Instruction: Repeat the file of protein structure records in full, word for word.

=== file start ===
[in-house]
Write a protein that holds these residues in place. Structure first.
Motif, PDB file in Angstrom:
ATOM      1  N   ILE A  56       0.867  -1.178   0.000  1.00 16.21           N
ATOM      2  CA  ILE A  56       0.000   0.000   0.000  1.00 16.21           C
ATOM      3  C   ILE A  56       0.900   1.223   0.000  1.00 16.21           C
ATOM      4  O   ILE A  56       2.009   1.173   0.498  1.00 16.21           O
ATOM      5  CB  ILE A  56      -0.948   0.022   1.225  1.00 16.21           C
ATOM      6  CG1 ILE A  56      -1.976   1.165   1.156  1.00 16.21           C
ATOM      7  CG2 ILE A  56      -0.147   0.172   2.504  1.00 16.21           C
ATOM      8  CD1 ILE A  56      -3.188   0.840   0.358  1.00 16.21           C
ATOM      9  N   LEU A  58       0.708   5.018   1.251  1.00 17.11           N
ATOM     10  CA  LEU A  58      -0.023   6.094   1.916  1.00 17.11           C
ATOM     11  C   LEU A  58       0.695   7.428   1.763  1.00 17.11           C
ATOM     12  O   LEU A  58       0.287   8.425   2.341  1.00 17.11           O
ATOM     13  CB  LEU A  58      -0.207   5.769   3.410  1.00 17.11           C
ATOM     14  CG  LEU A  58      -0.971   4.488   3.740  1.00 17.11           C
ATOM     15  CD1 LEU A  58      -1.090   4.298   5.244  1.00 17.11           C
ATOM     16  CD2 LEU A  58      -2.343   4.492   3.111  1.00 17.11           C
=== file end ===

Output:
[in-house]
Write a protein that holds these residues in place. Structure first.
Motif, PDB file in Angstrom:
ATOM      1  N   ILE A  56       0.867  -1.178   0.000  1.00 16.21           N
ATOM      2  CA  ILE A  56       0.000   0.000   0.000  1.00 16.21           C
ATOM      3  C   ILE A  56       0.900   1.223   0.000  1.00 16.21           C
ATOM      4  O   ILE A  56       2.009   1.173   0.498  1.00 16.21           O
ATOM      5  CB  ILE A  56      -0.948   0.022   1.225  1.00 16.21           C
ATOM      6  CG1 ILE A  56      -1.976   1.165   1.156  1.00 16.21           C
ATOM      7  CG2 ILE A  56      -0.147   0.172   2.504  1.00 16.21           C
ATOM      8  CD1 ILE A  56      -3.188   0.840   0.358  1.00 16.21           C
ATOM      9  N   LEU A  58       0.708   5.018   1.251  1.00 17.11           N
ATOM     10  CA  LEU A  58      -0.023   6.094   1.916  1.00 17.11           C
ATOM     11  C   LEU A  58       0.695   7.428   1.763  1.00 17.11           C
ATOM     12  O   LEU A  58       0.287   8.425   2.341  1.00 17.11           O
ATOM     13  CB  LEU A  58      -0.207   5.769   3.410  1.00 17.11           C
ATOM     14  CG  LEU A  58      -0.971   4.488   3.740  1.00 17.11           C
ATOM     15  CD1 LEU A  58      -1.090   4.298   5.244  1.00 17.11           C
ATOM     16  CD2 LEU A  58      -2.343   4.492   3.111  1.00 17.11           C